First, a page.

Crochet designer Donna Myles is a native of Greenbrier County West Virginia, where Appalachian Baby Design is headquartered. She laughingly recalls that both of her grandmothers attempted to teach her to crochet, but it was not until she was in her 20s that she really got the hang of it.
Today she enjoys all kinds of needlework. In addition to developing and testing patterns for ABD, she also is a gifted weaver. She owns 10 looms and sells her fun rag rugs, book marks, coasters and placemats at Tamarack, the juried showcase for West Virginia artisans in Beckley. She also knits, although she professes that she is not very good at it. She says she loves needlework because it’s relaxing and you have something to show for what you’ve done.
Ironically, it was not their shared interest in fiber art that brought Donna and ABD founder Diane Browning together, but rather their membership in Master Gardeners. At that time, Diane was running Appalachian By Design, a social enterprise that linked skilled hand-loomed knitters in rural areas and their quality clothing products to major markets. Donna trained as a knitter and became part of Diane’s network of home-based knitters.
Fiber art was not her day job, however. For many years Donna managed the Windy Knoll Nursery in Lewisburg and she continues to work there part-time. For someone who is supposedly “semi-retired,” she is one busy lady. In addition to developing and testing crochet patterns for ABD, she also comes into the studio a couple of days a week to assist in fulfilling orders.
In her “spare time,” Donna and her husband operate a mini-farm with high tunnels and a greenhouse where they grow fruits and vegetables to sell at the Farmer’s Market in Lewisburg on Saturdays. Fridays are spent picking for Saturday. The small scale of their operation suits her at this stage of her life. “I love to farm, but I’m too old for critters,” she says.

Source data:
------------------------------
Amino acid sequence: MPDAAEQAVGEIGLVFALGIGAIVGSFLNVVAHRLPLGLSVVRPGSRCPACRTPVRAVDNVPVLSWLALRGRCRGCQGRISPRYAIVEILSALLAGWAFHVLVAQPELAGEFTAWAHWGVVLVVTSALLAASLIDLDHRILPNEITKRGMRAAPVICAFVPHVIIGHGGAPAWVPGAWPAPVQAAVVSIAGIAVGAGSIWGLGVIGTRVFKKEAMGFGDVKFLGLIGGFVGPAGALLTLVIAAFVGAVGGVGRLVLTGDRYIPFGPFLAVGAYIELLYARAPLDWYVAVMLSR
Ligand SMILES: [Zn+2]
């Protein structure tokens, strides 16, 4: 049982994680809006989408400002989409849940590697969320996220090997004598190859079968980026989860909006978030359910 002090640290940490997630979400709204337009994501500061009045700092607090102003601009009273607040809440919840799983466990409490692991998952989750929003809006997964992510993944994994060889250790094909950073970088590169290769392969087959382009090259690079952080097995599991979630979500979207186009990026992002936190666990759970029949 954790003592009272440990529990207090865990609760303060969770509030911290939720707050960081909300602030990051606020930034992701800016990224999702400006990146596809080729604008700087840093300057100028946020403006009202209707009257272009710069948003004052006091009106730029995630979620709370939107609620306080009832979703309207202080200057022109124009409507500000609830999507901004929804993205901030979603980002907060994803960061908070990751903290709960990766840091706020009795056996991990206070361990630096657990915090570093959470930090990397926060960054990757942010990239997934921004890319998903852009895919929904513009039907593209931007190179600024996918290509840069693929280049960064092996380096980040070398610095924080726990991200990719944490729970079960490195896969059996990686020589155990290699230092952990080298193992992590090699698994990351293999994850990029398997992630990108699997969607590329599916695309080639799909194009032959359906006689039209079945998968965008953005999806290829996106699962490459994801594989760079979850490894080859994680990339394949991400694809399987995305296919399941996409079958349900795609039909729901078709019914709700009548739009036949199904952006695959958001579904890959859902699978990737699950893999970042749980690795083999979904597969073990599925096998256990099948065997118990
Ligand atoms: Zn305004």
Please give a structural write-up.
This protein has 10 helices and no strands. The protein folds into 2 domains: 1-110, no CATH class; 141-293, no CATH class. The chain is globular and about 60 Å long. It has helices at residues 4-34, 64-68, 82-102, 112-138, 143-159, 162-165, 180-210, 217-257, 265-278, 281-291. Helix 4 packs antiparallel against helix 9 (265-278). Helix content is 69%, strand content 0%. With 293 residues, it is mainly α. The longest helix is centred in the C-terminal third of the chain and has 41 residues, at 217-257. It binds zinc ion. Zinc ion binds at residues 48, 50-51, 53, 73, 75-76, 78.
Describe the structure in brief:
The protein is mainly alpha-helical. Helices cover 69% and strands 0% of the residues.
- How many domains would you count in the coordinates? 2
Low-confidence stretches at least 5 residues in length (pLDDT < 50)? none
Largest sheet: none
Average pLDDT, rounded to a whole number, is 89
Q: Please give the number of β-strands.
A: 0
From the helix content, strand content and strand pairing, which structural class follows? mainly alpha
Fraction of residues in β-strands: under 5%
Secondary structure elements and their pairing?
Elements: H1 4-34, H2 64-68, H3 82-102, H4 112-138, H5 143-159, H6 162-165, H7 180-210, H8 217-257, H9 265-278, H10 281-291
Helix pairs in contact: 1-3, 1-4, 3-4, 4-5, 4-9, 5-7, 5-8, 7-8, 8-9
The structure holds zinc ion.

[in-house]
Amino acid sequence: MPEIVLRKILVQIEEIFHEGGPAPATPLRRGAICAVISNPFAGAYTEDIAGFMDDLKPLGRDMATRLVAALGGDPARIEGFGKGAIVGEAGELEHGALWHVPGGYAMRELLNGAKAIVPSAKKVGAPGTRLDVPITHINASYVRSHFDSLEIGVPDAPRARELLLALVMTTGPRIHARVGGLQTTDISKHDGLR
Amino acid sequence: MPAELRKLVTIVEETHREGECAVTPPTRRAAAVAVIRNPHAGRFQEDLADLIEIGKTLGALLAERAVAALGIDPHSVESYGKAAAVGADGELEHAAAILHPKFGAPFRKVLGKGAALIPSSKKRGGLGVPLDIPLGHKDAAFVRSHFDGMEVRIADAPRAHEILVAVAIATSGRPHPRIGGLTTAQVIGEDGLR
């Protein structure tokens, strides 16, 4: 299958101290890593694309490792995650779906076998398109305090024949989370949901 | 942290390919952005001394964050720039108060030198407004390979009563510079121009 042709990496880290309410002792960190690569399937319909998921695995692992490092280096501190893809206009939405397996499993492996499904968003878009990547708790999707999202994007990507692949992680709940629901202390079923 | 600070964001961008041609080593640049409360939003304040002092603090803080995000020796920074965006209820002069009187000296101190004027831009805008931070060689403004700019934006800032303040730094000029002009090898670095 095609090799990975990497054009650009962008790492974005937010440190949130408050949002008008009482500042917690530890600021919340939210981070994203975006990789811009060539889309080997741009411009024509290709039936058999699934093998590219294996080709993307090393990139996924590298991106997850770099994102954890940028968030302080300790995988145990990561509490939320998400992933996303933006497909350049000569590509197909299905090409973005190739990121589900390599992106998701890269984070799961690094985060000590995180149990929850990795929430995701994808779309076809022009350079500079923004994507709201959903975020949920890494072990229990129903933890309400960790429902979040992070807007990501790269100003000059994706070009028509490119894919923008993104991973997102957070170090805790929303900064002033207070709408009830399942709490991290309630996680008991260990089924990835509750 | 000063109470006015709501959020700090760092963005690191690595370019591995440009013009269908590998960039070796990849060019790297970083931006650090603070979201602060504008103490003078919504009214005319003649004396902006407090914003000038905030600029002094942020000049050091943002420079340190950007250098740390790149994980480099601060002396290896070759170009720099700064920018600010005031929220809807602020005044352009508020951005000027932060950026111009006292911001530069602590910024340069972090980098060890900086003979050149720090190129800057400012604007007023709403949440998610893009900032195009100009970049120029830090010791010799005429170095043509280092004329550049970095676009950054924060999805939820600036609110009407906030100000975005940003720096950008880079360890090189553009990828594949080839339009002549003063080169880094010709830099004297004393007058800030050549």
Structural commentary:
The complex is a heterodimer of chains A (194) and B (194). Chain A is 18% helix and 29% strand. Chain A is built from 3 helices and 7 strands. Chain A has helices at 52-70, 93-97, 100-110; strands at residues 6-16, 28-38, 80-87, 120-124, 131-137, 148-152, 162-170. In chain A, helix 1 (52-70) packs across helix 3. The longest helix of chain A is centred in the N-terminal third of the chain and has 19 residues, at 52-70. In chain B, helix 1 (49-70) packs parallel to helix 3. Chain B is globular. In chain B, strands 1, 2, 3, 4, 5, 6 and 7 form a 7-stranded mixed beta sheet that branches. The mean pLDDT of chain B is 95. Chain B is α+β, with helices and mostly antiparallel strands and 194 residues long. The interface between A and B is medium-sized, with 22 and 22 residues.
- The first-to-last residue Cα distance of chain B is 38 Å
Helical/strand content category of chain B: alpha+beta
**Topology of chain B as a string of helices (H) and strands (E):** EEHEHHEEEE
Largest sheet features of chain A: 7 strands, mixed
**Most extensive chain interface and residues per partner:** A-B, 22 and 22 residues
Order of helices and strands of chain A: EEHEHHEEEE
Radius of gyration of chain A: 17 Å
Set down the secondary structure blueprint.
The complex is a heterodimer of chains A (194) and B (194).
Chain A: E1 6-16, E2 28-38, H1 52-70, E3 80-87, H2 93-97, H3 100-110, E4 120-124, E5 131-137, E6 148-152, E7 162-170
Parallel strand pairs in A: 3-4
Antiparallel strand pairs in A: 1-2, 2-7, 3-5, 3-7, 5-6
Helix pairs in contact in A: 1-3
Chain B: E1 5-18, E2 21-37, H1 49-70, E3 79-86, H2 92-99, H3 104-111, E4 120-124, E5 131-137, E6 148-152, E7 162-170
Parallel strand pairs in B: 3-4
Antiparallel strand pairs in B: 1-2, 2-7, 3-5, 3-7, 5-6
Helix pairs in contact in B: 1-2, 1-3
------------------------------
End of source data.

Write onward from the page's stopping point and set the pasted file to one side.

Donna brings a great eye to her role at ABD, where gets to indulge in her love of fiber and “play in the yarn.” She says of all her designs, the Wrapped in Grace Mother’s Wrap is her favorite, although she notes that little sweaters and hats are always fun. She also enjoys the collaborative process of testing and refining other designer’s patterns. “We always have ideas. Let’s try these colors together, maybe use a different stitch. How can we finish this?”
In addition to aesthetic appeal, there are other factors that she keeps in mind when evaluating patterns. “The patterns need to be easy enough not to be intimidating, but challenging enough to charge the batteries—there’s a fine line between the two,” she says. They also need to be functional and able to work up without too many problems.
As demanding as her multi-faceted life seems, Donna wouldn’t have it any other way.
“The worst thing you can do is make me sit!”